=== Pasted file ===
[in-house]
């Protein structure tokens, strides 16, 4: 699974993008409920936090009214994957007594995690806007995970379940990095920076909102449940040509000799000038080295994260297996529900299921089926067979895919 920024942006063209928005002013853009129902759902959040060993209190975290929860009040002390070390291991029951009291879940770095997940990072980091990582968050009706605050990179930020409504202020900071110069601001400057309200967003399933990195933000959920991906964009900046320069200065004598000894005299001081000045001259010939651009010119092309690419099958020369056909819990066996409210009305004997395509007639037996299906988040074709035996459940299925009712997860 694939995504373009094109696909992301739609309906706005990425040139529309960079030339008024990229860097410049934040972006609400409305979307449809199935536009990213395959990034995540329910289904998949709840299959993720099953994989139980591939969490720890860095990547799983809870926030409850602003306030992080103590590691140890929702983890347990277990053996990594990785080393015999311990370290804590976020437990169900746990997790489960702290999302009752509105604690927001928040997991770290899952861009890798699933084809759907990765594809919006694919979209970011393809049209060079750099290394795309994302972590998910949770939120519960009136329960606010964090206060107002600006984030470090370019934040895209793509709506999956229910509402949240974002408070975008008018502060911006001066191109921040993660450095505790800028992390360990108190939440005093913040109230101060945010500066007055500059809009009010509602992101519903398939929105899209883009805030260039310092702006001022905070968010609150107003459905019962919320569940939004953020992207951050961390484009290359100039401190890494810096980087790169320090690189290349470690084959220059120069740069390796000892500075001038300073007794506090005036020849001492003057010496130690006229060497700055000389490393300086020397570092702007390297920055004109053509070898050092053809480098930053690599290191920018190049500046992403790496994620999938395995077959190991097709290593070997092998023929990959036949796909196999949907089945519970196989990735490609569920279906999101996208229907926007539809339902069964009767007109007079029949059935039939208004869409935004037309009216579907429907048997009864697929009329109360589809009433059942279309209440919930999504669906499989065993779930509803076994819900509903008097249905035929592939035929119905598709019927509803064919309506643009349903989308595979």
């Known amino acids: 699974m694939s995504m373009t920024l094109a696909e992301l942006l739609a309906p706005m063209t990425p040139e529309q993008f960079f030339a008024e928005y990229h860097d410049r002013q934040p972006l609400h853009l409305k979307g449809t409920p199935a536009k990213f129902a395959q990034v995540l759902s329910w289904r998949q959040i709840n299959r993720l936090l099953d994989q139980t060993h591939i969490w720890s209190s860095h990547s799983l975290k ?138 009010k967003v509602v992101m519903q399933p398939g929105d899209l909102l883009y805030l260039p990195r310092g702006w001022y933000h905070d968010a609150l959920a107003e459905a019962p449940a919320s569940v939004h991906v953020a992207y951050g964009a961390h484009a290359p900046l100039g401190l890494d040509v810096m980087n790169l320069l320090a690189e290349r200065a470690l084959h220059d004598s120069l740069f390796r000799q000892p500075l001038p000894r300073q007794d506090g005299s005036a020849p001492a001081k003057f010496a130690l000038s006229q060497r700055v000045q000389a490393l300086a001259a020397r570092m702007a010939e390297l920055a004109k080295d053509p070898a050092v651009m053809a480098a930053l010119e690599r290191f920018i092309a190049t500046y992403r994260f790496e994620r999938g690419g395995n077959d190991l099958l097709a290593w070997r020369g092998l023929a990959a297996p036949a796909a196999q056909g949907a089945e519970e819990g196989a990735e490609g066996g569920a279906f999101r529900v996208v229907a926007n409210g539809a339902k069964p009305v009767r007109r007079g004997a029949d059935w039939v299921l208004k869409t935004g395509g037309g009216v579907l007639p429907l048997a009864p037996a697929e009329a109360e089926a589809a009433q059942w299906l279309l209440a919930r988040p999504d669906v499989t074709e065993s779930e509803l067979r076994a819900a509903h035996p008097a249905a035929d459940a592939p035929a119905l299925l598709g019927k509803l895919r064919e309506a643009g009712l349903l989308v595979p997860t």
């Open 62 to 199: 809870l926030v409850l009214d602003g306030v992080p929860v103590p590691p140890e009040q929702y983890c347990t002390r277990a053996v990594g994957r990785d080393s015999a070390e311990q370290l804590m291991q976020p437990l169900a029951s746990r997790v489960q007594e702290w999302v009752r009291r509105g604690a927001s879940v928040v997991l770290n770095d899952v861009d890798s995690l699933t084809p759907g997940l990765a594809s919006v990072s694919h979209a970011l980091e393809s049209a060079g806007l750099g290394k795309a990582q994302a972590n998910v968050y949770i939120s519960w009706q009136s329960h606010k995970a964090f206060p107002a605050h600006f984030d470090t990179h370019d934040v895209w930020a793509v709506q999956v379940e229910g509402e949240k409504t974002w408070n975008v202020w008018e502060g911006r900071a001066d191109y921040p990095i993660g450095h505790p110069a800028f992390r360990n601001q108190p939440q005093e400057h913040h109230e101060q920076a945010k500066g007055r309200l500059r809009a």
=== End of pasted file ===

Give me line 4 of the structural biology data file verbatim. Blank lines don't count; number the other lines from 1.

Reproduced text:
């Open 62 to 199: 809870l926030v409850l009214d602003g306030v992080p929860v103590p590691p140890e009040q929702y983890c347990t002390r277990a053996v990594g994957r990785d080393s015999a070390e311990q370290l804590m291991q976020p437990l169900a029951s746990r997790v489960q007594e702290w999302v009752r009291r509105g604690a927001s879940v928040v997991l770290n770095d899952v861009d890798s995690l699933t084809p759907g997940l990765a594809s919006v990072s694919h979209a970011l980091e393809s049209a060079g806007l750099g290394k795309a990582q994302a972590n998910v968050y949770i939120s519960w009706q009136s329960h606010k995970a964090f206060p107002a605050h600006f984030d470090t990179h370019d934040v895209w930020a793509v709506q999956v379940e229910g509402e949240k409504t974002w408070n975008v202020w008018e502060g911006r900071a001066d191109y921040p990095i993660g450095h505790p110069a800028f992390r360990n601001q108190p939440q005093e400057h913040h109230e101060q920076a945010k500066g007055r309200l500059r809009a």